If you would like to send us a comment, or be placed on the pre-order list for the print version of the book please feel free to leave a comment below and or email: methodsmapping (at) openinnovationconsortium (dot) org

OVERVIEW
This workbook presents a new kind of methods analysis framework applied to 50 innovation process models spanning a period of 80+ years. Embedded in the framework is a new form of innovation process literacy, designed to enhance understanding of historical and current process models, as well as inform future process design.

PROJECT PURPOSE
This study has been created and shared for educational purposes.

This book is designed to fill what the consortium perceives to be a void in the field of innovation process knowledge.

As an OPEN Innovation Consortium initiative, the goal of this book project is to help move the art, science and design of innovation process modeling forward into the 21st century.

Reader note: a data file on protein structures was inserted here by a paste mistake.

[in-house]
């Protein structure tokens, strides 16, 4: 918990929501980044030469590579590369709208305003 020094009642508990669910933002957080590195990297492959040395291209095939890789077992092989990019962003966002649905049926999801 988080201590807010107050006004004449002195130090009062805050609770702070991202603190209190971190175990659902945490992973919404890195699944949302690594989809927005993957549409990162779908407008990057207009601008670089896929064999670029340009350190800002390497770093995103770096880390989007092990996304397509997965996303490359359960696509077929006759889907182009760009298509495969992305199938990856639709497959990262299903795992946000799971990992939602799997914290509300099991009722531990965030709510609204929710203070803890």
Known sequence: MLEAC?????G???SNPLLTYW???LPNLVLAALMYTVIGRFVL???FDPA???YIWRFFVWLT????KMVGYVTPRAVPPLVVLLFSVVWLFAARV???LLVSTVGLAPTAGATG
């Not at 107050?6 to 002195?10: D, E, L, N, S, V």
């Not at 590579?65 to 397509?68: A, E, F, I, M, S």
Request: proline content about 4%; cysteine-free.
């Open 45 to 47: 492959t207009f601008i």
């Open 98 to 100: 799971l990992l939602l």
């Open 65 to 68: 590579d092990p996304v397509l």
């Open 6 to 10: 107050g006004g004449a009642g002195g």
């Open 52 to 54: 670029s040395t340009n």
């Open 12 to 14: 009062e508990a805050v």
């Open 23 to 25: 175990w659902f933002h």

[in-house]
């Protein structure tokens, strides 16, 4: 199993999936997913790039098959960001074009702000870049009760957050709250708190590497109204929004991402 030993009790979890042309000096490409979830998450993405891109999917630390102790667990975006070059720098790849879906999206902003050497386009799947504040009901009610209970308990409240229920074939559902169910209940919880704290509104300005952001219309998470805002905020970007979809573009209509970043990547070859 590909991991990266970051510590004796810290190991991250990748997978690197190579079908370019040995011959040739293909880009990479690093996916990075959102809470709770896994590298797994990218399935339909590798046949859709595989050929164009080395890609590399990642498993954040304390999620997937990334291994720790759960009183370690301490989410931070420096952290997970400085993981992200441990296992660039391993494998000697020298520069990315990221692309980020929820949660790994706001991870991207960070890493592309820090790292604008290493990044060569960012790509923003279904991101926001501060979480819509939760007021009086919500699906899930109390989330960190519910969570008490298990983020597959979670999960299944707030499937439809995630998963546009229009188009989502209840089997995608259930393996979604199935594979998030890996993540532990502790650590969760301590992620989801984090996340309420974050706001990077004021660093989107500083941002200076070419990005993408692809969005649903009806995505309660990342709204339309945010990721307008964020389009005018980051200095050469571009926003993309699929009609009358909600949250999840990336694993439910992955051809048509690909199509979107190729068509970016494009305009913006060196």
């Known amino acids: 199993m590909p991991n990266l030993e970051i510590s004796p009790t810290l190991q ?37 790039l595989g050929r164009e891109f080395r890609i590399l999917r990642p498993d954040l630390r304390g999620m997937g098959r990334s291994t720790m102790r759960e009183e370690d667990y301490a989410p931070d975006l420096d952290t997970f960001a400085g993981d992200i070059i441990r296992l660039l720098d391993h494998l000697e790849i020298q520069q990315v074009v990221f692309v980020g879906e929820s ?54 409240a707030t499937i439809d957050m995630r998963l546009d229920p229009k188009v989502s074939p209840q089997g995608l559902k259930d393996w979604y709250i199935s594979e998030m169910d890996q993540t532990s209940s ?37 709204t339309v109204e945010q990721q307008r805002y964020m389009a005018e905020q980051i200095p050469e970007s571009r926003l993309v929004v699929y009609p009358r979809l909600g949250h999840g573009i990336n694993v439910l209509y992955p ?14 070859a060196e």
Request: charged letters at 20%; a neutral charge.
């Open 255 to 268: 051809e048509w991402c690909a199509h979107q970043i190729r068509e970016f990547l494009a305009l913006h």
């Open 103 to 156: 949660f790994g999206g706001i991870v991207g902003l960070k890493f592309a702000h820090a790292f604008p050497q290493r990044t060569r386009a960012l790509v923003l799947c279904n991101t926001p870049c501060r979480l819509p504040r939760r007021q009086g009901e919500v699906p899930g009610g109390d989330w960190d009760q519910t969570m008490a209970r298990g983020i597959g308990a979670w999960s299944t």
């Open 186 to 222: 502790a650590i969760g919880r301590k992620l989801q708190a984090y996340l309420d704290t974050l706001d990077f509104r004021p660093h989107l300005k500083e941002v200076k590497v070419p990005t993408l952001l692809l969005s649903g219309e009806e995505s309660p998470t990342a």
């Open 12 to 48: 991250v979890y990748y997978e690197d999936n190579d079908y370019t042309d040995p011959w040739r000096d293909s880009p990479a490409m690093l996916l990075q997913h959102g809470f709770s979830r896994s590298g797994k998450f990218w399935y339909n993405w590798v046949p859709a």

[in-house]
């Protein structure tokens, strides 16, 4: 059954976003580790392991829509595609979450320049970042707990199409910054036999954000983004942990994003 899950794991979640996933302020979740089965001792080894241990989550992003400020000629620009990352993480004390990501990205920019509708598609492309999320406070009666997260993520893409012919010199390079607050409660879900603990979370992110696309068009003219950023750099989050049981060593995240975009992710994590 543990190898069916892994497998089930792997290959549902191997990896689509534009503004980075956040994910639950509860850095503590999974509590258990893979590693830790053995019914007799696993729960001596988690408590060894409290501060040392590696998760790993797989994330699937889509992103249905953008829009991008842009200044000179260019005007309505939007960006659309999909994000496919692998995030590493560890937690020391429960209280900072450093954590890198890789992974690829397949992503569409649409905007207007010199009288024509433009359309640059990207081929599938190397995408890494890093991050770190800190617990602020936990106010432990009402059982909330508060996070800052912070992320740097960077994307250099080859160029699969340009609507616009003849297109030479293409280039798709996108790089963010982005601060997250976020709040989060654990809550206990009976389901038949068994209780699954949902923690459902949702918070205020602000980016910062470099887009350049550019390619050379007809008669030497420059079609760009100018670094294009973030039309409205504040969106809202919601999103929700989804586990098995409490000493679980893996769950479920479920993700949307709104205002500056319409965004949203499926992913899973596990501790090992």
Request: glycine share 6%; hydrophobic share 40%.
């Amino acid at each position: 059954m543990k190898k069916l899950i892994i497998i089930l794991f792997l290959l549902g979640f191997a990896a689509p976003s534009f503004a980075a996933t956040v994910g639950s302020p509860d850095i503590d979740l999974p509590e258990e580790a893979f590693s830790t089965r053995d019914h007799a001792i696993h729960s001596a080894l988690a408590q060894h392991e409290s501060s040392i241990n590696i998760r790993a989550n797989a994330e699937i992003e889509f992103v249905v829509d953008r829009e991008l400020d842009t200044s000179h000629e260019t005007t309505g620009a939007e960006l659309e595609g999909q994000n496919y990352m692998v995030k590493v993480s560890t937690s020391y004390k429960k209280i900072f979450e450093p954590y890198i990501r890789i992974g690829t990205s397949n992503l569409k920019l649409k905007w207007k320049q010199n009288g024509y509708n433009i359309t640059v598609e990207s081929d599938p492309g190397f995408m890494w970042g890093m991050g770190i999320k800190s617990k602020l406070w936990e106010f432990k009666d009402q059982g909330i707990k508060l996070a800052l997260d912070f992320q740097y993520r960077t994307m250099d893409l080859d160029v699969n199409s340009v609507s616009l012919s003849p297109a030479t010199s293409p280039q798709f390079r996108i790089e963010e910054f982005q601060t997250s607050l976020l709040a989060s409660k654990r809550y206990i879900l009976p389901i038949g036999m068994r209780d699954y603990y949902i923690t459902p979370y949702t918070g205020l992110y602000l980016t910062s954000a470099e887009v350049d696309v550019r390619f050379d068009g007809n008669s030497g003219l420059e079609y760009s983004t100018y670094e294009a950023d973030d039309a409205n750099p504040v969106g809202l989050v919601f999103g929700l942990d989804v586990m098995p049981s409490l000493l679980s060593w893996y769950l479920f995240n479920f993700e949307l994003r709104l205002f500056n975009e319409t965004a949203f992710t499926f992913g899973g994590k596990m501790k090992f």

ABOUT OPEN INNOVATION CONSORTIUM
See Open Innovation Consortium in the Initiatives section of this Humantific website.

To receive information on other Humantific projects, events and initiatives feel free to subscribe to Humantific Quarterly.

27
Jan

Innovation Methods Mapping Coming Soon!

Two + years in the making, Humantific, in concert with OPEN Innovation Consortium will soon publish a new book: Innovation Methods Mapping / DeMystifying 80 Years of Innovation Process Design.

OVERVIEW

This workbook presents a new kind of methods analysis framework applied to 50 innovation process models spanning a period of 80+ years. Embedded in the framework is a new form of innovation process literacy, designed to enhance understanding of historical and current process models, as well as inform future process design.